I walked by this lilac bush and the scent was so powerful the first thing I did when I got home was order a lilac-scented Yankee Candle. Lilac is one of my favorite fragrances. I was surprised to smell them outside actually, because when I buy a bouquet of them they usually have a very weak scent. I remember when I could buy one bunch and their scent would fill my apartment. It was wonderful! As was walking by the ones here (Madison Square Park).
First, all my cats are fine. No one is sick, but I’ve been dealing with a behavior problem for some time. Quick back story: It began when I started fostering kittens. Bodhi and Bali decided they like chasing Bleecker, and Bleecker decided this is terrifying. I worked with a behaviorist at the ASPCA for months, following all her instructions to the letter, but nothing worked. I have to separate them. Bleecker spends the day in the bedroom, while Bodhi and Bali are with me in the rest of the apartment. Then, at the end of the day I put Bodhi and Bali in the bedroom, and Bleecker spends the evenings with me. (I don’t use the bedroom as a bedroom, so I’m out in the rest of the apartment at night.)
I couldn’t get a decent picture of Bali in focus, but here they all are. This is Bali in the bedroom, stopping for one split second to allow me to get an almost-in-focus shot. He’s a sweetheart though. Loves attention.
This is Bodhi, the evil one, who normally won’t stop long enough to get a shot that even pretends to be in focus. It was probably a ruse to get me to let my guard down so he could bat my face.
Here’s the baby Bleeck. Not a baby anymore, but I still call him that. It’s like he’s looking at the camera and thinking, “Jesus, what is that?? Should I be afraid?” Poor, easily stressed Bleecker.
For some of my walks I like to go to places that are normally crowded, to see how they feel now. Yesterday I went to Grand Central Station. When I first arrived there were zero commuters. By the time I crossed the floor to take a picture a train had arrived and this tiny handful of people got off the train. Normally this floor would be packed. More below.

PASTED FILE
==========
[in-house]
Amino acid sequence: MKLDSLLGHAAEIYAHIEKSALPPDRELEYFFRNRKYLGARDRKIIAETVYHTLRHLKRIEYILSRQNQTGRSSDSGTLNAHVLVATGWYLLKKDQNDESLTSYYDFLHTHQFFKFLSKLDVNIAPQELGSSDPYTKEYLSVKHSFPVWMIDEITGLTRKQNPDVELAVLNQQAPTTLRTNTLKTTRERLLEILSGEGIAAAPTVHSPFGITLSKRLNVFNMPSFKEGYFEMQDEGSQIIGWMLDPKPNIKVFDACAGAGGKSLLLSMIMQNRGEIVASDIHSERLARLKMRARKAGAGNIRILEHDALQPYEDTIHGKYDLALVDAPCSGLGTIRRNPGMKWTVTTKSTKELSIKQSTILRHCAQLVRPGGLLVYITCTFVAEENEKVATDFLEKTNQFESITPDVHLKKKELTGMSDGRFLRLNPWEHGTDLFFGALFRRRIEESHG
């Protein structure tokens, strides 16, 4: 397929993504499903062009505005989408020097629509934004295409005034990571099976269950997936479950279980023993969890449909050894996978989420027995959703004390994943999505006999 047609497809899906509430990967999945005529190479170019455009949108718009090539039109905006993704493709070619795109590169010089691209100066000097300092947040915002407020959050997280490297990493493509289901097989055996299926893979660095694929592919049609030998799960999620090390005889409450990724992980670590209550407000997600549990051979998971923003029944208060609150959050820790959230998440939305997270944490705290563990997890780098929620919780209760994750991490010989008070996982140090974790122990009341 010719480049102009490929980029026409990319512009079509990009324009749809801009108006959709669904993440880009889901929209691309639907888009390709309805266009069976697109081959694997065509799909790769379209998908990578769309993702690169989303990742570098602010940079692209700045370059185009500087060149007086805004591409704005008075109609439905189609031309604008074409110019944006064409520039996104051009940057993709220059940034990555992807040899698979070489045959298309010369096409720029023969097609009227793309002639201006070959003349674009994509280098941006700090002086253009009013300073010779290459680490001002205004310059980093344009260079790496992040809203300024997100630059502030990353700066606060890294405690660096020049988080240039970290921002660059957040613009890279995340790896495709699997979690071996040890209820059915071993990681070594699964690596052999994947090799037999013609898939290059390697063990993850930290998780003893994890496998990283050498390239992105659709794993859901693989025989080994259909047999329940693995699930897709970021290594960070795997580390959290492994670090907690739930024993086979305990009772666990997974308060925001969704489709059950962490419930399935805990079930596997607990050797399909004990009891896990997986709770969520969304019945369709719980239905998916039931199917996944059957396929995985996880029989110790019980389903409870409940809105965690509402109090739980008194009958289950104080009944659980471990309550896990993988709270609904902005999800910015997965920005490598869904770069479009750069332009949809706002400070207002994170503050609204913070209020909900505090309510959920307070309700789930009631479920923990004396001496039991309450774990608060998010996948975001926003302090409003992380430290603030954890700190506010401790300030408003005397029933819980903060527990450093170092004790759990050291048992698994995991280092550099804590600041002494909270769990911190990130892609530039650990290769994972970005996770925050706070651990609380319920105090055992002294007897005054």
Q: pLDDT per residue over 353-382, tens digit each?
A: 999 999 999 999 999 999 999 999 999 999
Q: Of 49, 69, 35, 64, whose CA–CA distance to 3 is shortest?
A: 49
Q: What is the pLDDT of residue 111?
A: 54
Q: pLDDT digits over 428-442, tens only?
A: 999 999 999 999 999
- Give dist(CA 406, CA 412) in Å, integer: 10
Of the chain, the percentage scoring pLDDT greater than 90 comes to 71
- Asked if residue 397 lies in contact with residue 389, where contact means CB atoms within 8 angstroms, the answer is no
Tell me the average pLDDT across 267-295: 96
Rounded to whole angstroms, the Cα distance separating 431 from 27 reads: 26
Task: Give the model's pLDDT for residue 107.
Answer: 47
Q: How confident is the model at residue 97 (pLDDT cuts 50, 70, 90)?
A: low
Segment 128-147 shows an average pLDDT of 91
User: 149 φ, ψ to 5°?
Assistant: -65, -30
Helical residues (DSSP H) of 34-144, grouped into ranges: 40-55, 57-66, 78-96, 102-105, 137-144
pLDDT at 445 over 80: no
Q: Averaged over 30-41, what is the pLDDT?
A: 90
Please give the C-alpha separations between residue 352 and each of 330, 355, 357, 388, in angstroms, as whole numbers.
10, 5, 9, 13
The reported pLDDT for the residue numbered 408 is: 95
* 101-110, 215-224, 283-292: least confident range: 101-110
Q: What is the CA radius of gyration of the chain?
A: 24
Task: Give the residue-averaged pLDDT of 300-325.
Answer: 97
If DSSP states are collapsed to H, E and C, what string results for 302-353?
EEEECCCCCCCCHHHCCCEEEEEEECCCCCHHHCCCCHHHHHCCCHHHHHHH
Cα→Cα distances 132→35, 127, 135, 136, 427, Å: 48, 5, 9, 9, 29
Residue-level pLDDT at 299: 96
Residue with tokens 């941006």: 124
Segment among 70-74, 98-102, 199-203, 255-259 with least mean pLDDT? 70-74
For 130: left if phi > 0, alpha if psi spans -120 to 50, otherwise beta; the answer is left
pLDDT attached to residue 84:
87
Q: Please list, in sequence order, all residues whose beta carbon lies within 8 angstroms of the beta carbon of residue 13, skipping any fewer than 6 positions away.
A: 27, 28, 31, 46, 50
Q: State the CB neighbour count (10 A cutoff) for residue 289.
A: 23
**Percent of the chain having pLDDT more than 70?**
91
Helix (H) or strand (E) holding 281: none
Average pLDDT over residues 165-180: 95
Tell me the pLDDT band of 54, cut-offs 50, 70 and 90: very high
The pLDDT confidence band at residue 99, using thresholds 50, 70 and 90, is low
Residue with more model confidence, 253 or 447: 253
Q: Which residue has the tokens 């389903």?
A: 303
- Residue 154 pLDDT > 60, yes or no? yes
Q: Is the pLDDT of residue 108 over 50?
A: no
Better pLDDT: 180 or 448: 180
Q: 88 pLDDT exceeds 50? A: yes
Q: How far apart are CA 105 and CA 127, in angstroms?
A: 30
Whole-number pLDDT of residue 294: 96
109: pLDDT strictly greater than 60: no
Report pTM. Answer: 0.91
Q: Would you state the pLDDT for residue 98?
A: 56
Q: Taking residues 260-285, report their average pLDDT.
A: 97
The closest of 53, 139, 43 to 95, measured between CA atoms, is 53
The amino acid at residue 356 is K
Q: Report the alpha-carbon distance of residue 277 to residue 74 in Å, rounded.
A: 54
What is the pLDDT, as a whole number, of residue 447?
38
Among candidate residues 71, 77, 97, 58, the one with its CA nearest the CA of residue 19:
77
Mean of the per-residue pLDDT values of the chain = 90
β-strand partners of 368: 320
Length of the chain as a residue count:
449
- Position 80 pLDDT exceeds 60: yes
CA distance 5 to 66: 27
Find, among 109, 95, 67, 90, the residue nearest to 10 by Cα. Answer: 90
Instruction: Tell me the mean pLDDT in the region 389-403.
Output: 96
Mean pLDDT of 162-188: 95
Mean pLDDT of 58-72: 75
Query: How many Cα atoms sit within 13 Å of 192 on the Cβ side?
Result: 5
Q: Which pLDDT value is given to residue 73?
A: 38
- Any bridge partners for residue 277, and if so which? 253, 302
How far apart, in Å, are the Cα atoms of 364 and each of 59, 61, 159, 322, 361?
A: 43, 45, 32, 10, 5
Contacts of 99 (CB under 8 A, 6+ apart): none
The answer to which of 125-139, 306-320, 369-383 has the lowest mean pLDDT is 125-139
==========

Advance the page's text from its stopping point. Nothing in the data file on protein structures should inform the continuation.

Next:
There was a small military presence. I don’t imagine they have a lot to do.
I took this picture because I have very warm feelings gazing up at this spot. Many years ago, before most people had even heard of the internet, on New Years Eve I installed a row of computers across this balcony and with the help of Echo employees and volunteers (the online community I established in 1989) we introduced New Yorkers to social networking. Sigh.
The Wild Bird Fund posted this on their Facebook page (I’m sorry for the upsetting photograph, but I’m hoping it will lead to your emailing these people, as it did for me):
One morning, one building: 28 birds dead, 2 found alive. These are all migrants, most have flown thousands of miles to be here only to crash into a condo building’s windows.
This happened at Circa Central Park, a glass-fronted building recently constructed right next to Central Park, one of the most important migratory stopovers on the East Coast. These deaths occur daily here every spring and fall.
There are many solutions, but the building owners have to implement them. If you’d like to voice your concerns, consider calling or emailing: http://circacentralpark.com/contact
And if you’d like to help us during this intense time, we thank you: bit.ly/wbfdonate